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The borderland of fear : Vincennes, Prophetstown, and the invasion of the Miami homeland / Patrick Bottiger.

Bottiger, Patrick, (author.).

Available copies

  • 3 of 3 copies available at Evergreen Indiana.

Current holds

0 current holds with 3 total copies.

Location Call Number / Copy Notes Barcode Shelving Location Status Due Date
Indiana State Library - Indianapolis ISLI 970.3 B751b (Text) 00000106302680 Indiana book Available -
Mooresville PL - Mooresville I 973.5 BOT (Text) 37323005284339 IND_ROOM Available -
Plainfield-Guilford Twp PL - Plainfield IC 973.5 Bottiger (Text) 31208912296227 local history & genealogy Available -

Record details

  • ISBN: 9780803254848
  • ISBN: 0803254849
  • Physical Description: xix, 244 pages ; 25 cm
  • Publisher: Lincoln : University of Nebraska Press, [2016]

Content descriptions

Bibliography, etc. Note: Includes bibliographical references (pages [181]-229) and index.
Summary, etc.: ``The Ohio River Valley was a place of violence in the nineteenth century, something witnessed on multiple stages ranging from local conflicts between indigenous and Euro-American communities to the Battle of Tippercanoe and the War of 1812. To describe these events as simply the result of American expansion versus indigenous nativism disregards the complexities of the people and their motivations. Patrick Bottiger explores the diversity between and among the communities that were the source of this violence. As new settlers invaded their land, the Shawnee brothers Tenskwatawa and Tecumseh pushed for a unified Indigenous front. However, the multiethnic Miamis, Kickapoos, Potawatomis, and Delawares, who also lived in the region, favored local interests over a single tribal entity. The Miami-French trade and political network was extensive, and the Miamis staunchly defended their hegemony in the region from challenges by other Native groups. Additionally, William Henry Harrison, governor of the Indiana Territory, lobbied for the introduction of slavery in the territory. In its own turn, this move sparked heated arguments in newspapers and on the street. Harrisonians deflected criticism by blaming tensions on indigenous groups and then claiming that antislavery settlers were Indian allies. Bottiger demonstrates that violence, rather than being imposed on the region's inhabitants by outside forces, instead stemmed from the factionalism that was already present. The Borderland of fear explores how these conflicts were not between nations and races but rather between cultures and factions." -- Book jacket.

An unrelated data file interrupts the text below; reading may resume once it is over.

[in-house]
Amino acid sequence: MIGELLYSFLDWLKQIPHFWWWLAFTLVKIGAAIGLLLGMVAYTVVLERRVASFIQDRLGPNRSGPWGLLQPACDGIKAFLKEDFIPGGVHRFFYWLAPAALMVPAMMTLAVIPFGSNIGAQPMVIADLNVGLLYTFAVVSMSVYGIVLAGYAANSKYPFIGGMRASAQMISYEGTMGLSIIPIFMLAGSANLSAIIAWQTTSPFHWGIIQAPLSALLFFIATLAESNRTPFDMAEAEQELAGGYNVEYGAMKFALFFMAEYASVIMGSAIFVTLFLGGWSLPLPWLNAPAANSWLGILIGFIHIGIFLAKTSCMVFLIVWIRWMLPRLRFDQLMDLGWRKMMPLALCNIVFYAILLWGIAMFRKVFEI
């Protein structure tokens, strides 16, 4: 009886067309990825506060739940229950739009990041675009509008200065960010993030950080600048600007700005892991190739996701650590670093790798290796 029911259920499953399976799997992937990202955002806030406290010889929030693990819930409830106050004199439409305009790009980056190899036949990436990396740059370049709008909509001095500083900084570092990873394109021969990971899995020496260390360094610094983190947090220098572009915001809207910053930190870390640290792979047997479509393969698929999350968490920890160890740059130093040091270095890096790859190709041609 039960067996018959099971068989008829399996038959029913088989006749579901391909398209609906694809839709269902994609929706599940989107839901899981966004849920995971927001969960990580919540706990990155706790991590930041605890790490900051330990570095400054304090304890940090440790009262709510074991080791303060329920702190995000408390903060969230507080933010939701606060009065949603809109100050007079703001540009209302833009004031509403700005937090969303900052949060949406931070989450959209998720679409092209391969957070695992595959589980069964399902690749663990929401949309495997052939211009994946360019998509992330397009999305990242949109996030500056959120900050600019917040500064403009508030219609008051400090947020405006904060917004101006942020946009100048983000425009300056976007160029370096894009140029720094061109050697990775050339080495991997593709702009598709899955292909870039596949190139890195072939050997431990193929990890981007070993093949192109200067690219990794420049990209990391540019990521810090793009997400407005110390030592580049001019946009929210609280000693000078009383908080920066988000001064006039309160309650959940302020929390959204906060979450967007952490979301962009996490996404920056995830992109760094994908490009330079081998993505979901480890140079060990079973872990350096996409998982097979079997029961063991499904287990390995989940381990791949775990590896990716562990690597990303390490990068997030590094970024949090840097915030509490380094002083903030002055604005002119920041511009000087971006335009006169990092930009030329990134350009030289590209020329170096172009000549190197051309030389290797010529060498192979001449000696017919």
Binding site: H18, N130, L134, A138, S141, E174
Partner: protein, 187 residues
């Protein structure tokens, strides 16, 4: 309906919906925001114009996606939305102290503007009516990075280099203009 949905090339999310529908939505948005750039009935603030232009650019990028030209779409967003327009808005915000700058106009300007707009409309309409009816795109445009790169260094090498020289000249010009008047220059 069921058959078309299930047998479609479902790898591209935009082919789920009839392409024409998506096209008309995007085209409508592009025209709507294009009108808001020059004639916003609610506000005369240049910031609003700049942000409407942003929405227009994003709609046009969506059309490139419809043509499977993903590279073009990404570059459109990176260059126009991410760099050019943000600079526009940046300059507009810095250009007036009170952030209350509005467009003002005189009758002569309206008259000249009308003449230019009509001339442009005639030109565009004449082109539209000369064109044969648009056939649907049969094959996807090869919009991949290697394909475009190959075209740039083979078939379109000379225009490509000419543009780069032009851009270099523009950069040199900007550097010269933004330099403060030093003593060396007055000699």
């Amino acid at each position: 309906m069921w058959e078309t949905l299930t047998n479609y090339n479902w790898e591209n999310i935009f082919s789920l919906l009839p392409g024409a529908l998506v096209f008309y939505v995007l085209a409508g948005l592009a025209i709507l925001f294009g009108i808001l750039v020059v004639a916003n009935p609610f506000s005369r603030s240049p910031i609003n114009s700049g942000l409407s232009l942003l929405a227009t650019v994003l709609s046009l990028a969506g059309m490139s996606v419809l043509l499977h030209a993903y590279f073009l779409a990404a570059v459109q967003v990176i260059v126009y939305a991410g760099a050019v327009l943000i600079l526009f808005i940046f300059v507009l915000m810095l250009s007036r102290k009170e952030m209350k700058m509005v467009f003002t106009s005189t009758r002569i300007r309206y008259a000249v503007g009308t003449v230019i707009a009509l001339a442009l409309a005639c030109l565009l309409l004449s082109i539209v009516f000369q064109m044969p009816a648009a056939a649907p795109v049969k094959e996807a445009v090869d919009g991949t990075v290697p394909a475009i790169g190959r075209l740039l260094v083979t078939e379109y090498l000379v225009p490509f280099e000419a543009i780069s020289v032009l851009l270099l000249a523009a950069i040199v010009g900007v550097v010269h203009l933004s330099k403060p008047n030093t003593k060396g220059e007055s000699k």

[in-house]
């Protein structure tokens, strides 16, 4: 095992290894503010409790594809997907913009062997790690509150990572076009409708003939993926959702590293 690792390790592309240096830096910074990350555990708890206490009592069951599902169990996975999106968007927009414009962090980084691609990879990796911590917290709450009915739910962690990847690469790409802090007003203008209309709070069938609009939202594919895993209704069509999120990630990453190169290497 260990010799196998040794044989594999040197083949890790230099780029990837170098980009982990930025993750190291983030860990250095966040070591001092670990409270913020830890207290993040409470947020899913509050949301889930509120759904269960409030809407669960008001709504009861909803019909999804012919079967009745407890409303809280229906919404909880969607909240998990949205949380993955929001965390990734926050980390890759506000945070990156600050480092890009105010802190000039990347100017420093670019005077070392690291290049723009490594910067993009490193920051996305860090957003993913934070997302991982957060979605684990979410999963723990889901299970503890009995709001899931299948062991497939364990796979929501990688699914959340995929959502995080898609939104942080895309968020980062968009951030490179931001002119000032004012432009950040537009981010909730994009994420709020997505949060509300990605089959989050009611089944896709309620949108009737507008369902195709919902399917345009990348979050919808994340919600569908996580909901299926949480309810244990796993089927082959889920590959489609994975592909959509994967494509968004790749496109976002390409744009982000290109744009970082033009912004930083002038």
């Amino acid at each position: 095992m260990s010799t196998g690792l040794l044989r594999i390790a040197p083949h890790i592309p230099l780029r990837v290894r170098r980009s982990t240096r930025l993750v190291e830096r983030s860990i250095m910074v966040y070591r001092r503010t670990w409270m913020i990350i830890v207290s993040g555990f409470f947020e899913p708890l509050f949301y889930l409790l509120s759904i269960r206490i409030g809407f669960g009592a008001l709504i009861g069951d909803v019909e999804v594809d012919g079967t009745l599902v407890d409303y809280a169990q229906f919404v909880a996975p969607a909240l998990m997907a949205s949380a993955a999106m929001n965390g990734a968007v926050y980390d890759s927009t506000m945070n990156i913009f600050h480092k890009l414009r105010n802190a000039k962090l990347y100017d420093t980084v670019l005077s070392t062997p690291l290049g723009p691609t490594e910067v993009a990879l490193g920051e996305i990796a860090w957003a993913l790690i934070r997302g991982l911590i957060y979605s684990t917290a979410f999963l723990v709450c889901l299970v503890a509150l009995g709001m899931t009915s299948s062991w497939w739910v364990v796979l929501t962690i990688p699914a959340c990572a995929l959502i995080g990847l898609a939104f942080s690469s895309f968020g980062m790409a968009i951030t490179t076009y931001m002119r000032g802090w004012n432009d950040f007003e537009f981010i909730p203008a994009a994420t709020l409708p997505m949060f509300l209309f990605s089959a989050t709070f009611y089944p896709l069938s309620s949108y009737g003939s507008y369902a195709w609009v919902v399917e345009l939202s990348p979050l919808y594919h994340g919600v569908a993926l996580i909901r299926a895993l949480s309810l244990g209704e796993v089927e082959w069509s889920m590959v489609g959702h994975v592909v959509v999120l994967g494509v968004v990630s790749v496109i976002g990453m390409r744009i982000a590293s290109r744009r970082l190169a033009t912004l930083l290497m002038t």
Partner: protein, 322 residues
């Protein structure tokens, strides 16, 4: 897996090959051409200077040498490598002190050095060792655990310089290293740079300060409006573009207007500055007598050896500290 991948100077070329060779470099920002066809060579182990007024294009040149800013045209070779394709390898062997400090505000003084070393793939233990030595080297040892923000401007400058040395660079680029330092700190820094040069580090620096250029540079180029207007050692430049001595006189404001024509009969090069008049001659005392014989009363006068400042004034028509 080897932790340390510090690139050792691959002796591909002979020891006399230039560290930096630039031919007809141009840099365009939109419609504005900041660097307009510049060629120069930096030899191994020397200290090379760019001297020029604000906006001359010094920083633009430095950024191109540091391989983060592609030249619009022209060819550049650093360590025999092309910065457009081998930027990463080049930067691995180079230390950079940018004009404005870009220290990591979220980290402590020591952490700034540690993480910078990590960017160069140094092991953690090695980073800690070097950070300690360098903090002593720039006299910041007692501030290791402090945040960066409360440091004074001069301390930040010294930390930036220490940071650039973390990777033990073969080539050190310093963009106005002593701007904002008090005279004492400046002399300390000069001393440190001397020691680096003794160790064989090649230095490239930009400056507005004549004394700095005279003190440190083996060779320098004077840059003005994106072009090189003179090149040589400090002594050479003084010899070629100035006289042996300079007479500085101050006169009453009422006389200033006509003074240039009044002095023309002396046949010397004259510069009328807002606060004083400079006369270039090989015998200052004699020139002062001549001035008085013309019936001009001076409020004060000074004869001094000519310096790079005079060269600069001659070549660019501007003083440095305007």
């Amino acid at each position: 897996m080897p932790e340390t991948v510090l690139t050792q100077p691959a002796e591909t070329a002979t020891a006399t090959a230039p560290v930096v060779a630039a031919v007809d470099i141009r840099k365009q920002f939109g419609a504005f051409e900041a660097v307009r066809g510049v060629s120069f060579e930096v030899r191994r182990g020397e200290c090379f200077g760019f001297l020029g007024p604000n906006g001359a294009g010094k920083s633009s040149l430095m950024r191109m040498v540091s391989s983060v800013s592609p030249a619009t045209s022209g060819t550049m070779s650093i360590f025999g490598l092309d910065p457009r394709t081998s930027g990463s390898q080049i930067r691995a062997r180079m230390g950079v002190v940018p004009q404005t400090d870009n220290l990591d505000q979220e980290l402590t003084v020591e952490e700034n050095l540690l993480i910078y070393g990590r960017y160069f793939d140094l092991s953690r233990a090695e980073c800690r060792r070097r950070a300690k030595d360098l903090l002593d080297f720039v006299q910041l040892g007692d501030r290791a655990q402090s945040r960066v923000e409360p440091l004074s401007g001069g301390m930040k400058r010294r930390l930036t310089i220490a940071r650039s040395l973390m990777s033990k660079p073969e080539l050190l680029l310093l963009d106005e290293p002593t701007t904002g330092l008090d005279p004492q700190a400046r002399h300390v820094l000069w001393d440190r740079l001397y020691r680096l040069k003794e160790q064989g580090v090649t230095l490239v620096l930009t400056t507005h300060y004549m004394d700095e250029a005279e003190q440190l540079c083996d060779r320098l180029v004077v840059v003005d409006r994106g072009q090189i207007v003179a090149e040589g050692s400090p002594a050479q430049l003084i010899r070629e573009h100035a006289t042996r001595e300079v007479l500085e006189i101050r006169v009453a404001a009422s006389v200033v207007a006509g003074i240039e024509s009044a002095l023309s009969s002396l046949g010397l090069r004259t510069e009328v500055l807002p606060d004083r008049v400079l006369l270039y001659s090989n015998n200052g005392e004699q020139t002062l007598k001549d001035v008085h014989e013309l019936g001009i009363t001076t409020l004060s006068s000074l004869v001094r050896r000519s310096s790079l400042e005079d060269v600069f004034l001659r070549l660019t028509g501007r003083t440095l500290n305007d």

Subject: Ohio River Valley > History > 19th century > Race relations.
Shawnee Indians > History > 19th century.
Shawnee Indians > Race relations > 19th century.
Kickapoo Indians > Race relations > 19th century.
Miami Indians > Race relations > 19th century.
Potawatomi Indians > Race relations > 19th century.
Delaware Indians > Race relations > 19th century.
Immigrants > Ohio River Valley > 19th century > Race relations.

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